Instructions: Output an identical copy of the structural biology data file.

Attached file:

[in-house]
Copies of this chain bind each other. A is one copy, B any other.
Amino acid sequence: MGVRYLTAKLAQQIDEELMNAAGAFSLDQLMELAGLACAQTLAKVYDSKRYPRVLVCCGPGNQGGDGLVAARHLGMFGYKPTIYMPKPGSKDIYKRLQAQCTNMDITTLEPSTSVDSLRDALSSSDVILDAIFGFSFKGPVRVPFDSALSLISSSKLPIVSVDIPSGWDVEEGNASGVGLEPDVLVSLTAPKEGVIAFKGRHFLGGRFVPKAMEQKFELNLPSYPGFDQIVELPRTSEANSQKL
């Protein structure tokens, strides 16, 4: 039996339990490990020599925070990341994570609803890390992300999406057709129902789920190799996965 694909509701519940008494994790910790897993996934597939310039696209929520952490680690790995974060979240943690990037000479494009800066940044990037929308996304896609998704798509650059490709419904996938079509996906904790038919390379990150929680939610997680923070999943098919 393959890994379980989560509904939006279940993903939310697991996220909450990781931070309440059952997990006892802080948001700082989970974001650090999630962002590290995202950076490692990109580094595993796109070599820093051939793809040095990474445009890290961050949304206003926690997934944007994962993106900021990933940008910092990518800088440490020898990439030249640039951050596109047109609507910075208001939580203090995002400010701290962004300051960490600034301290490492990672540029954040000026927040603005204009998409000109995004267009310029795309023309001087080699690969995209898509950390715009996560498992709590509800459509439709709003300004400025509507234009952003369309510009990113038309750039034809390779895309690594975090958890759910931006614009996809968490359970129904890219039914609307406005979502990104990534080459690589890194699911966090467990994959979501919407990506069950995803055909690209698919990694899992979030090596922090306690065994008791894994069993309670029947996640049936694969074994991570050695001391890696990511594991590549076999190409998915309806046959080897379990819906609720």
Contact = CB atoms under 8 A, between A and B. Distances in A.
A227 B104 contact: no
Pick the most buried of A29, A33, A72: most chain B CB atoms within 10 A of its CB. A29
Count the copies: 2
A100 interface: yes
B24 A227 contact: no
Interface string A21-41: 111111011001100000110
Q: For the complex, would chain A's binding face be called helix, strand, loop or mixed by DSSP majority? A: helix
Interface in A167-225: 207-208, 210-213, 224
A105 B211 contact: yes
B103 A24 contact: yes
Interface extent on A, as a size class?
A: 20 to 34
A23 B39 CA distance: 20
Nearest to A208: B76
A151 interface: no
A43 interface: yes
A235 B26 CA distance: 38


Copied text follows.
[in-house]
Copies of this chain bind each other. A is one copy, B any other.
Amino acid sequence: MGVRYLTAKLAQQIDEELMNAAGAFSLDQLMELAGLACAQTLAKVYDSKRYPRVLVCCGPGNQGGDGLVAARHLGMFGYKPTIYMPKPGSKDIYKRLQAQCTNMDITTLEPSTSVDSLRDALSSSDVILDAIFGFSFKGPVRVPFDSALSLISSSKLPIVSVDIPSGWDVEEGNASGVGLEPDVLVSLTAPKEGVIAFKGRHFLGGRFVPKAMEQKFELNLPSYPGFDQIVELPRTSEANSQKL
């Protein structure tokens, strides 16, 4: 039996339990490990020599925070990341994570609803890390992300999406057709129902789920190799996965 694909509701519940008494994790910790897993996934597939310039696209929520952490680690790995974060979240943690990037000479494009800066940044990037929308996304896609998704798509650059490709419904996938079509996906904790038919390379990150929680939610997680923070999943098919 393959890994379980989560509904939006279940993903939310697991996220909450990781931070309440059952997990006892802080948001700082989970974001650090999630962002590290995202950076490692990109580094595993796109070599820093051939793809040095990474445009890290961050949304206003926690997934944007994962993106900021990933940008910092990518800088440490020898990439030249640039951050596109047109609507910075208001939580203090995002400010701290962004300051960490600034301290490492990672540029954040000026927040603005204009998409000109995004267009310029795309023309001087080699690969995209898509950390715009996560498992709590509800459509439709709003300004400025509507234009952003369309510009990113038309750039034809390779895309690594975090958890759910931006614009996809968490359970129904890219039914609307406005979502990104990534080459690589890194699911966090467990994959979501919407990506069950995803055909690209698919990694899992979030090596922090306690065994008791894994069993309670029947996640049936694969074994991570050695001391890696990511594991590549076999190409998915309806046959080897379990819906609720």
Contact = CB atoms under 8 A, between A and B. Distances in A.
A227 B104 contact: no
Pick the most buried of A29, A33, A72: most chain B CB atoms within 10 A of its CB. A29
Count the copies: 2
A100 interface: yes
B24 A227 contact: no
Interface string A21-41: 111111011001100000110
Q: For the complex, would chain A's binding face be called helix, strand, loop or mixed by DSSP majority? A: helix
Interface in A167-225: 207-208, 210-213, 224
A105 B211 contact: yes
B103 A24 contact: yes
Interface extent on A, as a size class?
A: 20 to 34
A23 B39 CA distance: 20
Nearest to A208: B76
A151 interface: no
A43 interface: yes
A235 B26 CA distance: 38